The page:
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Archive for Tuesday, April 21, 2009

Community backs 10-year-old Prairie Park center

Marty Birrell, supervisor of the Prairie Park Nature Center, talks about the center's animal collection.

April 21, 2009

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Preschooler Carter Herron watches an albino hedgehog at Prairie Park Nature Center, 2730 SW Harper St. The community mobilized around the center in February when city officials considered closing it to balance their budget.

Preschooler Carter Herron watches an albino hedgehog at Prairie Park Nature Center, 2730 SW Harper St. The community mobilized around the center in February when city officials considered closing it to balance their budget.

Marty Birrell considers it a citywide performance review.

When city officials floated a proposal to close the Prairie Park Nature Center in February, residents came forward in droves in support of the nature center.

“It is a great place to go if you need information on animals,” youngster Eva Bradley told the Lawrence City Commission. “And it is a good place to go if you are not feeling happy.”

It was a typical response that night, as person after person came forward to support the center.

“The reaction from the community was very heartening,” said Birrell, who has been the center’s director since it opened 10 years ago. “People value this as a resource. We thought it was a nice evaluation of our jobs.”

As other city resources face possible cuts, the Prairie Park Nature Center lives on to celebrate one decade.

“The reaction we had was, after building a program for 10 years, we didn’t want to see it close,” Birrell said. “The reaction from the community was very heartening. People value this as a resource.”

But after people stood in line to support the center, which is at 2730 SW Harper St., the reaction left others with the question: What does it do?

Well, here it is.

Education

When students in Kris Leggins’ second-grade classroom at Prairie Park School heard the nature center might close, they didn’t start a science lesson.

They started a government lesson.

“The day it came out in the paper that it might close, the whole school was abuzz,” Leggins said. There was talk of posters and fundraisers — anything to save the center that many classrooms visit several times a year.

“We got to sit down and review our government unit,” Leggins said, “and how city government works.”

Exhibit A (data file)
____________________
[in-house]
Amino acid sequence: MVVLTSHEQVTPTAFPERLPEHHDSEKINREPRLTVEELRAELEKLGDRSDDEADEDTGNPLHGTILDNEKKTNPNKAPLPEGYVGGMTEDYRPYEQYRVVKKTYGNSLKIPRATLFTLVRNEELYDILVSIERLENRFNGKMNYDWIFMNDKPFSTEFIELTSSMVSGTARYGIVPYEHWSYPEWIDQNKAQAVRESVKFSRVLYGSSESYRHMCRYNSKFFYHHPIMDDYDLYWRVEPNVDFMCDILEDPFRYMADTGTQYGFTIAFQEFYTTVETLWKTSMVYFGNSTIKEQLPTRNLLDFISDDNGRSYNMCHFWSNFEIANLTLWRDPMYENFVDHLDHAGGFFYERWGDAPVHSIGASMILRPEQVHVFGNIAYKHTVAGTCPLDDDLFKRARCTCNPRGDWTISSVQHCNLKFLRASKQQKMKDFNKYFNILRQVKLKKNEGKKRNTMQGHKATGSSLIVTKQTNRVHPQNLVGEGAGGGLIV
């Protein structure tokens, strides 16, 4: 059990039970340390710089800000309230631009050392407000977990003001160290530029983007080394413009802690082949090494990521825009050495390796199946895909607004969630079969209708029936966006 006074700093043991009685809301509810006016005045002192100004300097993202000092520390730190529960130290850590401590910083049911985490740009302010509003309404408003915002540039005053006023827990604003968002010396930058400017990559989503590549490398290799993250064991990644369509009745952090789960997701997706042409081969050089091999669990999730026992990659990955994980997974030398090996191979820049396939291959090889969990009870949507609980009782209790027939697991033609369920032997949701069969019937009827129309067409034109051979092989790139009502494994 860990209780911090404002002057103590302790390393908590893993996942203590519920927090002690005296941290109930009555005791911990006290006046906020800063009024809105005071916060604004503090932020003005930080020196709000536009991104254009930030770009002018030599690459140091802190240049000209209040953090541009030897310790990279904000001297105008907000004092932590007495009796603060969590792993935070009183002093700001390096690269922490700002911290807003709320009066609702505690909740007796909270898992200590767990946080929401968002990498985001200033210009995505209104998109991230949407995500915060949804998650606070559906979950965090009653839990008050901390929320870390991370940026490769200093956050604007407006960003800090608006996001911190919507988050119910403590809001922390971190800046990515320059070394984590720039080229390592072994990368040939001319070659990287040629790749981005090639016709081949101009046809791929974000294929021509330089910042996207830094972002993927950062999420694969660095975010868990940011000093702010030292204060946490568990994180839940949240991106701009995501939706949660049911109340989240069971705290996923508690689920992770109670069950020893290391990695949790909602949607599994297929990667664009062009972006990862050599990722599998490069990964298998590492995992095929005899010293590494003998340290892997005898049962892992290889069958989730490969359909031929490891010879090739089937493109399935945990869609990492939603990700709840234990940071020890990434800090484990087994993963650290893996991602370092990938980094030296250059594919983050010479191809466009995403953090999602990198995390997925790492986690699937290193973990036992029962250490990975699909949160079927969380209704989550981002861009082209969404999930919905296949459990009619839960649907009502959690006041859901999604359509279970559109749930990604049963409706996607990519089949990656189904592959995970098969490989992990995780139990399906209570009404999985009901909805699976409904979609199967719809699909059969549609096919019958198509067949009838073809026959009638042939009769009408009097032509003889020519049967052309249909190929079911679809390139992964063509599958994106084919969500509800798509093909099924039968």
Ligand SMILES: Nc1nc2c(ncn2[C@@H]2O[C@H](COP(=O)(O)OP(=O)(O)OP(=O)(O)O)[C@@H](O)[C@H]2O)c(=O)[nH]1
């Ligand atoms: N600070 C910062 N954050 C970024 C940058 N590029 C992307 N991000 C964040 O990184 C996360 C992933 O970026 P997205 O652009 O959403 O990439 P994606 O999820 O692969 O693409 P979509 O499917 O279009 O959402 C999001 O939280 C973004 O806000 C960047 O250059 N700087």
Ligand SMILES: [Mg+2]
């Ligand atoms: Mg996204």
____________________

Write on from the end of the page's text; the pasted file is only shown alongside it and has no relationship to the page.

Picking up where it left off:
Leggins said students often visit the center outside of school, too.

“We just think it’s a very useful resource in our neighborhood,” she said. “There are not a lot of things in our neighborhood that are within walking distance.”

The staff at the Prairie Park Nature Center — two full-time, four part-time and additional seasonal staff members — gives nearly 400 tours and programs a year that reach around 20,000 people. That includes both on-site events and events off-site. Birds of prey, including a Bald Eagle, are among the most popular touring animals, and they often travel outside Lawrence.

“We end up reaching far beyond the Lawrence community,” Birrell said.

Other education

The phone rings often at the nature center.

Usually it’s someone asking if a snake found in his or her backyard is venomous. Almost always, it’s not, but occasionally it is.

There also are plenty of calls asking about nuisance squirrels, armadillos and other random animals.

Sometimes, staff has to go to a site to check it out.

“We encourage the public to call us first so we can troubleshoot the issue,” Birrell said.

Animal rehabilitation

Sometimes, those random animals end up on the nature center’s front step, such as a box full of bunnies or birds that have been injured.

“We take in a large number of those kinds of animals,” Birrell said. “It’s not something we want to encourage people to do.”

The reason, mainly space and staff, she said: “The city of Lawrence did not set this up to be a rehabilitation facility.”

Zoo, of sorts

Still, sometimes those random animals end up adding to the draw of the place. The center gets around 30,000 visitors a year.

The core animal collection includes 13 birds of prey (including owls, the eagle, a peregrine falcon and others), parrots, a possum, chipmunks, a hedgehog, ferrets, prairie dogs and spiders.

Urban habitat preservation

In addition to caring for the nature center and doing educational programs, the Prairie Park staff is charged with caring for 80 acres of native urban wildlife habitat that is nearby, which includes Mary’s Lake, which was created in the 1950s.

Volunteers come in to clean up the area.

“The park looked pretty awful when we started 10 years ago,” Birrell said. “There was broken glass and some pretty nasty parties there. We feel like we’ve made a good established relationship through the volunteer involvement there.”

Despite the turmoil over the past few months, Birrell hopes to focus on the future.

“It’s our 10-year anniversary,” she said. “We’re glad we’re going to have one.”

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